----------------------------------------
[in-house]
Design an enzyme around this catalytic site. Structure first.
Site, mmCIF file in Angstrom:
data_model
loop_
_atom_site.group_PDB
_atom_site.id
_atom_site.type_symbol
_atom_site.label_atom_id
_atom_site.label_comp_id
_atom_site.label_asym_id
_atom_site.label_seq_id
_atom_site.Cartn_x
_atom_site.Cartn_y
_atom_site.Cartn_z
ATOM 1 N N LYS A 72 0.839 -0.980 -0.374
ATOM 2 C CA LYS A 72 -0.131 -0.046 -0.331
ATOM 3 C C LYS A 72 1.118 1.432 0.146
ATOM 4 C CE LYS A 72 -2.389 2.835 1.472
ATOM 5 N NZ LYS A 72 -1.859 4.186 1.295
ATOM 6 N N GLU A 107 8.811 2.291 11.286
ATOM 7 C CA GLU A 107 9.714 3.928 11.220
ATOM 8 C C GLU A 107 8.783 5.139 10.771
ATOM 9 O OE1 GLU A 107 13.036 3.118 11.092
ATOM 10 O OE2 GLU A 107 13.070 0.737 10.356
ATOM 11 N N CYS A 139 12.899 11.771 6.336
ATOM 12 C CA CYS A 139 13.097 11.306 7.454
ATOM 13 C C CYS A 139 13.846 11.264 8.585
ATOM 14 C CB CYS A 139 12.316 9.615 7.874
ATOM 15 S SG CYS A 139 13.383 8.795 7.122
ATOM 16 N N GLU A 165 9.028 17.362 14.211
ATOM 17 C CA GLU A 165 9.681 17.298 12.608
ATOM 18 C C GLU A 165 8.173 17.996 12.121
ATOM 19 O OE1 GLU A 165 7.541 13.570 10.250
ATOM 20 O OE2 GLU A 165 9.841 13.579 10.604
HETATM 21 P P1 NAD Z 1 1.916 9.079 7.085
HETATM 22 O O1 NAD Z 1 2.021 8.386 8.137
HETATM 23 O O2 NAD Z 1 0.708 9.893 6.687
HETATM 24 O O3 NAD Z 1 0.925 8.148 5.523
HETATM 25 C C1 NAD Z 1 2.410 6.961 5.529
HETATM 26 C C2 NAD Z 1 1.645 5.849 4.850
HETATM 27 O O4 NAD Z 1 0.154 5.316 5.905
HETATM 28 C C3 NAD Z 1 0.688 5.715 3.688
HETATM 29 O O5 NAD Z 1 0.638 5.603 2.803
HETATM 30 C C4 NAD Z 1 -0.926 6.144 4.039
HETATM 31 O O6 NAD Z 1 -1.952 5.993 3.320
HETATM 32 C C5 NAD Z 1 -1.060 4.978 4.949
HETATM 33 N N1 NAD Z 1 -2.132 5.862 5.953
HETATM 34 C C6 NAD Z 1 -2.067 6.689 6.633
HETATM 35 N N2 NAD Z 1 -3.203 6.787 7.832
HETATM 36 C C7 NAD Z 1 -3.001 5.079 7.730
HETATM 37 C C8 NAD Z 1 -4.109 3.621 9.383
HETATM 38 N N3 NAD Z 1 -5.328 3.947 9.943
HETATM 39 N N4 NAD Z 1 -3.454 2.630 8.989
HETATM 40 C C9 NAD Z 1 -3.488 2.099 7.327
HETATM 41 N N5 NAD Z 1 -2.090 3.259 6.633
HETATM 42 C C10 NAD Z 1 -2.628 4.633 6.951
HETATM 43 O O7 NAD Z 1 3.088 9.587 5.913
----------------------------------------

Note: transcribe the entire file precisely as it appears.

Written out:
[in-house]
Design an enzyme around this catalytic site. Structure first.
Site, mmCIF file in Angstrom:
data_model
loop_
_atom_site.group_PDB
_atom_site.id
_atom_site.type_symbol
_atom_site.label_atom_id
_atom_site.label_comp_id
_atom_site.label_asym_id
_atom_site.label_seq_id
_atom_site.Cartn_x
_atom_site.Cartn_y
_atom_site.Cartn_z
ATOM 1 N N LYS A 72 0.839 -0.980 -0.374
ATOM 2 C CA LYS A 72 -0.131 -0.046 -0.331
ATOM 3 C C LYS A 72 1.118 1.432 0.146
ATOM 4 C CE LYS A 72 -2.389 2.835 1.472
ATOM 5 N NZ LYS A 72 -1.859 4.186 1.295
ATOM 6 N N GLU A 107 8.811 2.291 11.286
ATOM 7 C CA GLU A 107 9.714 3.928 11.220
ATOM 8 C C GLU A 107 8.783 5.139 10.771
ATOM 9 O OE1 GLU A 107 13.036 3.118 11.092
ATOM 10 O OE2 GLU A 107 13.070 0.737 10.356
ATOM 11 N N CYS A 139 12.899 11.771 6.336
ATOM 12 C CA CYS A 139 13.097 11.306 7.454
ATOM 13 C C CYS A 139 13.846 11.264 8.585
ATOM 14 C CB CYS A 139 12.316 9.615 7.874
ATOM 15 S SG CYS A 139 13.383 8.795 7.122
ATOM 16 N N GLU A 165 9.028 17.362 14.211
ATOM 17 C CA GLU A 165 9.681 17.298 12.608
ATOM 18 C C GLU A 165 8.173 17.996 12.121
ATOM 19 O OE1 GLU A 165 7.541 13.570 10.250
ATOM 20 O OE2 GLU A 165 9.841 13.579 10.604
HETATM 21 P P1 NAD Z 1 1.916 9.079 7.085
HETATM 22 O O1 NAD Z 1 2.021 8.386 8.137
HETATM 23 O O2 NAD Z 1 0.708 9.893 6.687
HETATM 24 O O3 NAD Z 1 0.925 8.148 5.523
HETATM 25 C C1 NAD Z 1 2.410 6.961 5.529
HETATM 26 C C2 NAD Z 1 1.645 5.849 4.850
HETATM 27 O O4 NAD Z 1 0.154 5.316 5.905
HETATM 28 C C3 NAD Z 1 0.688 5.715 3.688
HETATM 29 O O5 NAD Z 1 0.638 5.603 2.803
HETATM 30 C C4 NAD Z 1 -0.926 6.144 4.039
HETATM 31 O O6 NAD Z 1 -1.952 5.993 3.320
HETATM 32 C C5 NAD Z 1 -1.060 4.978 4.949
HETATM 33 N N1 NAD Z 1 -2.132 5.862 5.953
HETATM 34 C C6 NAD Z 1 -2.067 6.689 6.633
HETATM 35 N N2 NAD Z 1 -3.203 6.787 7.832
HETATM 36 C C7 NAD Z 1 -3.001 5.079 7.730
HETATM 37 C C8 NAD Z 1 -4.109 3.621 9.383
HETATM 38 N N3 NAD Z 1 -5.328 3.947 9.943
HETATM 39 N N4 NAD Z 1 -3.454 2.630 8.989
HETATM 40 C C9 NAD Z 1 -3.488 2.099 7.327
HETATM 41 N N5 NAD Z 1 -2.090 3.259 6.633
HETATM 42 C C10 NAD Z 1 -2.628 4.633 6.951
HETATM 43 O O7 NAD Z 1 3.088 9.587 5.913